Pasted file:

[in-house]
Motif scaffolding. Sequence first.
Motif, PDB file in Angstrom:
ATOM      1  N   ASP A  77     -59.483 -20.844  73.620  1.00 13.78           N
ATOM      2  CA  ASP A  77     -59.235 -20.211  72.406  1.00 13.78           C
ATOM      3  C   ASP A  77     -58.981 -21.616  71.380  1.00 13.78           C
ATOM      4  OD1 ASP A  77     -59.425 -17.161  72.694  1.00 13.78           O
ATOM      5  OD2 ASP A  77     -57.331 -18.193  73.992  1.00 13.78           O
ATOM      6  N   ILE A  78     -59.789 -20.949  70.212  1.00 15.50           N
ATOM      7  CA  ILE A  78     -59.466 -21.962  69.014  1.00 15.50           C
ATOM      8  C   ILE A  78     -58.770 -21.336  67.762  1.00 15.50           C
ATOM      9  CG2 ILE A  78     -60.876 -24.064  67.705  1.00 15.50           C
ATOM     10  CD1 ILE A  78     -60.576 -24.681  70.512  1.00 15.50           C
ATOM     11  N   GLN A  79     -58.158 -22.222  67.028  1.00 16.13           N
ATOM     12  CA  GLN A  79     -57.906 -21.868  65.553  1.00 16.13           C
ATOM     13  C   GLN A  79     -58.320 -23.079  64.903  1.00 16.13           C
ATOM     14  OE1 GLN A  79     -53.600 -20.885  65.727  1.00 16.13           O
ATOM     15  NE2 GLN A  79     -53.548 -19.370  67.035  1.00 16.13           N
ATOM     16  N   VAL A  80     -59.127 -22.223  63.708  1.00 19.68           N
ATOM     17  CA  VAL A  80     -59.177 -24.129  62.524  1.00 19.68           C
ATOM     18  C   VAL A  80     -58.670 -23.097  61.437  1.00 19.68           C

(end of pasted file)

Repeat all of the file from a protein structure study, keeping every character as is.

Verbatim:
[in-house]
Motif scaffolding. Sequence first.
Motif, PDB file in Angstrom:
ATOM      1  N   ASP A  77     -59.483 -20.844  73.620  1.00 13.78           N
ATOM      2  CA  ASP A  77     -59.235 -20.211  72.406  1.00 13.78           C
ATOM      3  C   ASP A  77     -58.981 -21.616  71.380  1.00 13.78           C
ATOM      4  OD1 ASP A  77     -59.425 -17.161  72.694  1.00 13.78           O
ATOM      5  OD2 ASP A  77     -57.331 -18.193  73.992  1.00 13.78           O
ATOM      6  N   ILE A  78     -59.789 -20.949  70.212  1.00 15.50           N
ATOM      7  CA  ILE A  78     -59.466 -21.962  69.014  1.00 15.50           C
ATOM      8  C   ILE A  78     -58.770 -21.336  67.762  1.00 15.50           C
ATOM      9  CG2 ILE A  78     -60.876 -24.064  67.705  1.00 15.50           C
ATOM     10  CD1 ILE A  78     -60.576 -24.681  70.512  1.00 15.50           C
ATOM     11  N   GLN A  79     -58.158 -22.222  67.028  1.00 16.13           N
ATOM     12  CA  GLN A  79     -57.906 -21.868  65.553  1.00 16.13           C
ATOM     13  C   GLN A  79     -58.320 -23.079  64.903  1.00 16.13           C
ATOM     14  OE1 GLN A  79     -53.600 -20.885  65.727  1.00 16.13           O
ATOM     15  NE2 GLN A  79     -53.548 -19.370  67.035  1.00 16.13           N
ATOM     16  N   VAL A  80     -59.127 -22.223  63.708  1.00 19.68           N
ATOM     17  CA  VAL A  80     -59.177 -24.129  62.524  1.00 19.68           C
ATOM     18  C   VAL A  80     -58.670 -23.097  61.437  1.00 19.68           C